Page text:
Restaurant Review: Heavenly Chops

Biryani Pot seduces with sublime goat rib chops

Biryani Pot

12407 N. MoPac Ste. 200-B, 512/837-4444,
Tue.-Thu., 11am-2:30pm, 5:30-10pm; Fri., 11am-2:30pm, 5:30-10:30pm; Sat., 11:30am-3pm, 5:30-10:30pm; Sun., 11:30am-3pm, 5:30-10pm (closed Monday)
Heavenly Chops
Photos by John Anderson
Heavenly Chops

This branch of the popular Houston Bir­yani Pot has been open about six months; it features the foods of Hyderabad, in South India. The complex cuisine draws in elements of Moghul, Turkish, Arabic, Telugu, and Marathwada dishes, accenting the addition of coconut, tamarind, peanut, and sesame. The region produces the most chile peppers in all of India, so these guys know Desi-hot when you ask for it. Biryani refers to their most famous dish, a rice-based dish cooked dum-style, where the seasoned meat is topped with rice, sealed (traditionally with a coil of bread dough), and slowly steamed, increasing the absorption of aromatic spices; Hyderabad biryanis are considered the best of the subcontinent.

Heavenly Chops

Situated on the southeast corner of MoPac and Parmer, in the H-E-B-anchored strip center, the restaurant is comfortably refined inside, with umber walls, dark wood wainscoting, and contrasting tablecloths covered with glass, but you'll feel comfortable in shorts or a suit. Service is attentive and very helpful, unobtrusive and relaxed. For weekday lunch, they do a version of the thali platter, served on a compartmentalized tray straight from Orange Is the New Black. The choice is vegetarian ($7.99) or non-vegetarian ($8.99), both including nine items each that change daily. The platter is a real gut-buster, with genuine flavors: tadka dal with mustard, garbanzos, and potatoes in tomato curry; cauliflower fritter and raita; roti and papadum; a wonderful vegetarian biryani; spicy lentil soup; crisp salad; and ripe papaya in mango pudding. All excellent, including the impeccably fresh, moist, and piquant Chilly Fish appetizer ($10.99) we got to go with it.

For appetizers, we started with the famous Chicken 65 ($8.99), a dish of deliciously moist, crunchy, spicy cubes that are the ultimate aperitif; bad, because you cannot stop gorging on the generous pile of morsels. We also had an order of the cheese kulcha ($2.49), a quesadillalike cheese- and herb-stuffed naan bread from the tandoor, and then the ethereal Goat Chops of Heaven ($11.99). A plate comes out with six tender, meaty, succulent goat rib chops that literally melt in your mouth. The chops are coated in a sauce of curry leaves, onion, mint, and a piquant masala. We gnawed the bones raw.

For entrées, we had the Hariyali chicken masala ($9.99), tandoor-grilled cubes of marinated and spice-coated chicken, on a sizzling platter with a bed of thin, caramelizing onion slices. The chicken was well-spiced but a little overcooked (the sizzling platter contributed here), but I seldom get tandoor-cooked chicken at any Indian restaurant that isn't overcooked (a perfect dish to use boneless thighs, folks). The House Special Chicken Curry ($8.99) is tender chunks bathed in a rich, tangy tomato spice sauce of onion and curry leaf, with fennel, cardamom, and coriander. From the vegetarian side of the menu, we went with the Malai Kofta ($8.99), three large, airy dumplings of potato, cheese, and cashew nuts, swimming in a complex, spicy, tomato-tinted korma sauce of cream and cashews, onion, cumin, and turmeric; it's a classic Mughlai special occasion dish. We also had the Bagara Baingan ($7.99), a classic Hyder­a­bad dish with chunks of eggplant braised in a lighter-colored, rich and creamy korma sauce with ground sesame seeds, peanuts, and coconut, with tamarind. Comparing the two korma sauces, the tastes were completely different although they looked vaguely similar to the untrained eye, with the potato korma being more assertive. We topped that meal off with an order of the garlic-basil naan ($2.49), wonderfully charred flat bread coated with caramelized garlic paste and basil. The kitchen here does a magical job with all of the breads.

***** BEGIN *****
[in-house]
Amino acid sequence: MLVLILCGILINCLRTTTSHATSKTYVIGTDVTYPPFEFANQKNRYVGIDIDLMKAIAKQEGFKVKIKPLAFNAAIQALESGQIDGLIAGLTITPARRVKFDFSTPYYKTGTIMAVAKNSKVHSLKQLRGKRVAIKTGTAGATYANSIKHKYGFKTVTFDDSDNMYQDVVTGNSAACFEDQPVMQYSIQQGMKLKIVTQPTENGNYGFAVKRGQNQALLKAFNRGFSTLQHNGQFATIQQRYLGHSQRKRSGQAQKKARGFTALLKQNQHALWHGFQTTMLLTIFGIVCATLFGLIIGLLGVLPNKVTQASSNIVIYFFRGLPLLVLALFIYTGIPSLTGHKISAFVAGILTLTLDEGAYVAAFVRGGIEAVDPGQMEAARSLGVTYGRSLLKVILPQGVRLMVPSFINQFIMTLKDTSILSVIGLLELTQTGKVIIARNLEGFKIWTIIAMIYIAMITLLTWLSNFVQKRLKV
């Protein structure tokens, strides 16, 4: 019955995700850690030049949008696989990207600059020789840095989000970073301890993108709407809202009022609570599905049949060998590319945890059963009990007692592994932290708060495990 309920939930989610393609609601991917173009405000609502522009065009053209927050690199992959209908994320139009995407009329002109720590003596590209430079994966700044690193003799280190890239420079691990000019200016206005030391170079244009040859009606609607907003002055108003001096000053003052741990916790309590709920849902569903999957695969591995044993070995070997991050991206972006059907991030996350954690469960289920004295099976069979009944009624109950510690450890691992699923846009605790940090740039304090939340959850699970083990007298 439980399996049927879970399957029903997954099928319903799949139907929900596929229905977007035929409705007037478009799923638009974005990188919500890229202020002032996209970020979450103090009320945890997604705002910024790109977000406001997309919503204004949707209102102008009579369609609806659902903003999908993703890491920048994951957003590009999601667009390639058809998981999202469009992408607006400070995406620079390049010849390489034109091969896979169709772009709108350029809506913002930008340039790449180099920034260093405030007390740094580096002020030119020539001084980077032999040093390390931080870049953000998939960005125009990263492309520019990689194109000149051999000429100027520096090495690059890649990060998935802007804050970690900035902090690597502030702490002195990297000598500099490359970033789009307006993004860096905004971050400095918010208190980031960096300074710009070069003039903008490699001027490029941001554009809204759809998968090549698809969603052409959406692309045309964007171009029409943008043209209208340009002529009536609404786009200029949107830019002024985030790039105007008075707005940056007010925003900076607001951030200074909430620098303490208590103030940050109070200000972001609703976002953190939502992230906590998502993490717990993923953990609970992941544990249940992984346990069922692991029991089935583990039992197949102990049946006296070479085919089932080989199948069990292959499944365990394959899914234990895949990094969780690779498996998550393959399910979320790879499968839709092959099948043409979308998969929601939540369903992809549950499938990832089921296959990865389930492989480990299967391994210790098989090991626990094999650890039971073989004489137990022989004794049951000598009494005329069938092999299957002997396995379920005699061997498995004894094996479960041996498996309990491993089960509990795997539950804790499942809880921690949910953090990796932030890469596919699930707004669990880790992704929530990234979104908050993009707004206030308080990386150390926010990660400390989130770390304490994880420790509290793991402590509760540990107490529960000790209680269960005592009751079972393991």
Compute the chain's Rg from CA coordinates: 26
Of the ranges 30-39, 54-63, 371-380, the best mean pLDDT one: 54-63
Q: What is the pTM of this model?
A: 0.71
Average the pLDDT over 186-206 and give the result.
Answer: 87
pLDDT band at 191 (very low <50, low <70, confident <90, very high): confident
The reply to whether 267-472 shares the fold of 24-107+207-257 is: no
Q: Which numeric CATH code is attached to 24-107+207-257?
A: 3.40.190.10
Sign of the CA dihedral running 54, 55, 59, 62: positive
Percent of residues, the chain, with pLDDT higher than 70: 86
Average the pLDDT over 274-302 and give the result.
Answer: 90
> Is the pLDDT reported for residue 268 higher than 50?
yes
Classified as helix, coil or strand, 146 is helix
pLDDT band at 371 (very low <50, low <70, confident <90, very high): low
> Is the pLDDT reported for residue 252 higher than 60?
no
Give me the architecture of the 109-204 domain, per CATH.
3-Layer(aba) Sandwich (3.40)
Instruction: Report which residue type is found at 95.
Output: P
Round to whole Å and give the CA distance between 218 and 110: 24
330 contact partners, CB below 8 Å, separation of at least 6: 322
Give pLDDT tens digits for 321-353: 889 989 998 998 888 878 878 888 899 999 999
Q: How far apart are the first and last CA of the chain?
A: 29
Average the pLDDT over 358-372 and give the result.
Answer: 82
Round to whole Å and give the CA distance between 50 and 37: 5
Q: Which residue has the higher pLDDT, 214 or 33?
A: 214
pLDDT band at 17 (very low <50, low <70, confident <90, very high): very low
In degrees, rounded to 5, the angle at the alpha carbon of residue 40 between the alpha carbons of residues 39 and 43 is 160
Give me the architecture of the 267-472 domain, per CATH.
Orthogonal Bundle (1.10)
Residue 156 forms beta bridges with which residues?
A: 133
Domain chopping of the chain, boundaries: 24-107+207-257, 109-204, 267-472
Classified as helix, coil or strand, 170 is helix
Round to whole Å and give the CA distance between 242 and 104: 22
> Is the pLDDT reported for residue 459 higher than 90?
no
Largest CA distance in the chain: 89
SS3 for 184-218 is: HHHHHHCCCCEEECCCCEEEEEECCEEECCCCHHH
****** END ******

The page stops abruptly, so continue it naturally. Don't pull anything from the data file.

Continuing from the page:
Longtime pals Ajay Reddy and Ajay Kumar are the two Austin owners, who convinced the Houston group that the ATX was in need of some serious Hyderabad cuisine. The Ajays share duties helping manage the restaurant, not that Austin manager Venkat can't handle the task, and the cooks get two months of initial training in Houston to ensure consistency. Biryani Pot has excellent food served in comparably large portions; you get great value for your Indian food dollar. The service is impeccable, the space comfortable, and the flavors authentic; what more could you ask for?

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Hyderabad cooking, Telugu cuisine, Andhran style food, Ajay Kumar, Thali lunch platters, Indian food

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